The Foreign Affairs Committee concludes that the British government “failed to identify that the threat to civilians was overstated and that the rebels included a significant Islamist element.”
“Despite his rhetoric, the proposition that Muammar Gaddafi would have ordered the massacre of civilians in Benghazi was not supported by the available evidence,” the Foreign Affairs Committee states clearly.
“While Muammar Gaddafi certainly threatened violence against those who took up arms against his rule, this did not necessarily translate into a threat to everyone in Benghazi,” the report continues. “In short, the scale of the threat to civilians was presented with unjustified certainty.”
On March 17, 2011, the report points out — two days before NATO began bombing — Qaddafi told rebels in Benghazi, “Throw away your weapons, exactly like your brothers in Ajdabiya and other places did. They laid down their arms and they are safe. We never pursued them at all.”
The Foreign Affairs Committee adds that, when Libyan government forces retook the town of Ajdabiya in February, they did not attack civilians. Qaddafi “also attempted to appease protesters in Benghazi with an offer of development aid before finally deploying troops,” the report adds.
In another example, the report indicates that, after fighting in February and March in the city Misrata — Libya’s third-largest city, which had also been seized by rebels — just around 1 percent of people killed by the Libyan government were women or children.
“The disparity between male and female casualties suggested that Gaddafi regime forces targeted male combatants in a civil war and did not indiscriminately attack civilians,” the committee says.
Senior British officials admitted in the Parliament investigation they did not consider Qaddafi’s actual actions, and instead called for military intervention in Libya based on his rhetoric.
In February, Qaddafi gave a heated speech threatening the rebels who had taken over cities. He said “they are a tiny few” and “a terrorist few,” and called them “rats” who “are turning Libya into the emirates of Zawahiri and bin Laden,” referencing the leaders of al-Qaeda.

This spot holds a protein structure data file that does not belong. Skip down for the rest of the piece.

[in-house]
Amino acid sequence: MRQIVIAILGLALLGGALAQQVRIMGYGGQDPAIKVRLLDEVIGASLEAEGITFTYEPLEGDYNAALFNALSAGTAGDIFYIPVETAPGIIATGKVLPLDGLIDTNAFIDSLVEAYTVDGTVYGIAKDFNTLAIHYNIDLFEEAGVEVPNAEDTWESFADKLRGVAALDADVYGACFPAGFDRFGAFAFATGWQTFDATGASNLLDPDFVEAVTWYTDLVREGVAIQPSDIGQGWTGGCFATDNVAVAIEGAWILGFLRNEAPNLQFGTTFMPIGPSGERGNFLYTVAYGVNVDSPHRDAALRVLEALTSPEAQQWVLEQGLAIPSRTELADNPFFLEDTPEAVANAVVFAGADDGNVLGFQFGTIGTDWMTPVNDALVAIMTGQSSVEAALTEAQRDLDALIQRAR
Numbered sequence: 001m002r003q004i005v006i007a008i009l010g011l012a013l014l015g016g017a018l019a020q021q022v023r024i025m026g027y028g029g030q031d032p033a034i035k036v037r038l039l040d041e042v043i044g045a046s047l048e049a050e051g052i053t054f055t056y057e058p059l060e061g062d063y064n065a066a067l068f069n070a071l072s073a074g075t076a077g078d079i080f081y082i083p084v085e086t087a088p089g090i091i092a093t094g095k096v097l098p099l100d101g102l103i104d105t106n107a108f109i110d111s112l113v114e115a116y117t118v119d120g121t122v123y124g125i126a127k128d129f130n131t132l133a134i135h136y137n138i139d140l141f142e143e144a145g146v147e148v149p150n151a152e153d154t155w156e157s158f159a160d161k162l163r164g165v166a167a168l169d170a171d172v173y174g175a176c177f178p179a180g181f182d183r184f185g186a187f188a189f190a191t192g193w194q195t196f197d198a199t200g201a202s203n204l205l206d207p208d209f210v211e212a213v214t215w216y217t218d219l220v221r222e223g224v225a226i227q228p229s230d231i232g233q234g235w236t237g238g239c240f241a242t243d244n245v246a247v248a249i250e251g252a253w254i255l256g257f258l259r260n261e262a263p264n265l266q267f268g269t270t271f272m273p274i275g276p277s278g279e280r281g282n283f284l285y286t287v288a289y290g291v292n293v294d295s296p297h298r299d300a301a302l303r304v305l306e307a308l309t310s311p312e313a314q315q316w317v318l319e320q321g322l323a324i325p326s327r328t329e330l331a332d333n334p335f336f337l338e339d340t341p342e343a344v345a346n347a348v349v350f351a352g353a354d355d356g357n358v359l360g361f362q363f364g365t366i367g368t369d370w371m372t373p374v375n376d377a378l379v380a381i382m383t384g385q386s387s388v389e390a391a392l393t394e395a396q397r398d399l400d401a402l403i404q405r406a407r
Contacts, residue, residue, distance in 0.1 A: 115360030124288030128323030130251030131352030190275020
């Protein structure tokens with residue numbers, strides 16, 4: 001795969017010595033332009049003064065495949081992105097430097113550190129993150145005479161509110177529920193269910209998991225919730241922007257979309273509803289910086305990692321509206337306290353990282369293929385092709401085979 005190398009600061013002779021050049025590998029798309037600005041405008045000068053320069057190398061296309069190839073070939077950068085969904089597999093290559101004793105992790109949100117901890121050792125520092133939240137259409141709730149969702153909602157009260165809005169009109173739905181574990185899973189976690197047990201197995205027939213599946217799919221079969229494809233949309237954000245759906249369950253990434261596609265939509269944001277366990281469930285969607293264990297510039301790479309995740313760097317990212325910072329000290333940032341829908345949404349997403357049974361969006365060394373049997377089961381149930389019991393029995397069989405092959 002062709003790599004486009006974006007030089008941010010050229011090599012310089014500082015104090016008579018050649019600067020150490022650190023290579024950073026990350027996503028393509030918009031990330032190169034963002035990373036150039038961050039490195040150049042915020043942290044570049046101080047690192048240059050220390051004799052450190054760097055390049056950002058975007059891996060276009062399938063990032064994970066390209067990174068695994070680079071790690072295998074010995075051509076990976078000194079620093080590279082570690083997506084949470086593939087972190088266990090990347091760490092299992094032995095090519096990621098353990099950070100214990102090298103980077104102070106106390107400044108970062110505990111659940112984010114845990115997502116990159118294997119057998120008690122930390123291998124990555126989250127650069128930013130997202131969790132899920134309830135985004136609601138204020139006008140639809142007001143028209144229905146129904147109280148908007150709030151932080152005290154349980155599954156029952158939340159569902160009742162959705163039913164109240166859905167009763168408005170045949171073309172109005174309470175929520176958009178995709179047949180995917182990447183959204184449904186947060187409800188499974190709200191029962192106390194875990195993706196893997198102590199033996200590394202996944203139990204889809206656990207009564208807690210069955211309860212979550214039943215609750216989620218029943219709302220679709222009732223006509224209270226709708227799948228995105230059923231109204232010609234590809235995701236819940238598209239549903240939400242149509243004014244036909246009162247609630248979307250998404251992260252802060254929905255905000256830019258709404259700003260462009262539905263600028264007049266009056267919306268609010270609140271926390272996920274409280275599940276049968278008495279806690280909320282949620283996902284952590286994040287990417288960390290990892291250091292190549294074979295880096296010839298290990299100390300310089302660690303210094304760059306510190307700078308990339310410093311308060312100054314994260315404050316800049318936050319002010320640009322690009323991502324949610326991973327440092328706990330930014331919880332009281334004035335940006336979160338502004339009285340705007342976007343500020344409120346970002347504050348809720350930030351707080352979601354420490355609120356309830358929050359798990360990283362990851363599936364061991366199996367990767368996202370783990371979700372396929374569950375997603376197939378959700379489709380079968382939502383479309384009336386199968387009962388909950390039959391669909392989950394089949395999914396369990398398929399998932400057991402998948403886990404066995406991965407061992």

At the end of his speech, Qaddafi promised “to cleanse Libya, inch by inch, house by house, home by home, alley by alley,” of these rebels. Many Western media outlets, however, implied or reported outright that his remark was meant as a threat to all protesters. An Israeli journalist popularized this line by turning it into a song called “Zenga, Zenga” (Arabic for “alleyway”). The YouTube video featuring the remixed speech was circulated throughout the world.
The report categorically states:
“….the international community turned a blind eye to the supply of weapons to the rebels. Lord Richards highlighted “the degree to which the Emiratis and the Qataris…played a major role in the success of the ground operation.” For example, Qatar supplied French Milan antitank missiles to certain rebel groups. We were told that Qatar channelled its weapons to favoured militias rather than to the rebels as a whole.”
Who were the “rebels”?
While it is largely believed that that crisis in Libya were linked to a general uprising linked with the so-called “Arab Spring”, this is far from the truth. For one thing, a general popular uprising against an autocrat regime could not possibly have descended into a pure chaos but for the involvement of foreign funded extremist groups. This is precisely what happened in Libya. The critical question, therefore, is: were the Libyan rebels really “rebels”? The report disputes the Western official narrative that it was a general uprising and that extremists got involved at some alter stage. Contrary to the official narrative, the report concludes:
“It is now clear that militant Islamist militias played a critical role in the rebellion from February 2011 onwards. They separated themselves from the rebel army, refused to take orders from non-Islamist commanders and assassinated the then leader of the rebel army, Abdel Fattah Younes.”
“Émigrés opposed to Muammar Gaddafi exploited unrest in Libya by overstating the threat to civilians and encouraging Western powers to intervene,” the report notes, summarizing Joffé’s analysis.
Pargeter added that Libyans who opposed the government exaggerated Qaddafi’s use of “mercenaries” — a term they often used as a synonym for Libyans of Sub-Saharan descent. Pargeter said that Libyans had told her, “The Africans are coming. They’re going to massacre us. Gaddafi’s sending Africans into the streets. They’re killing our families.”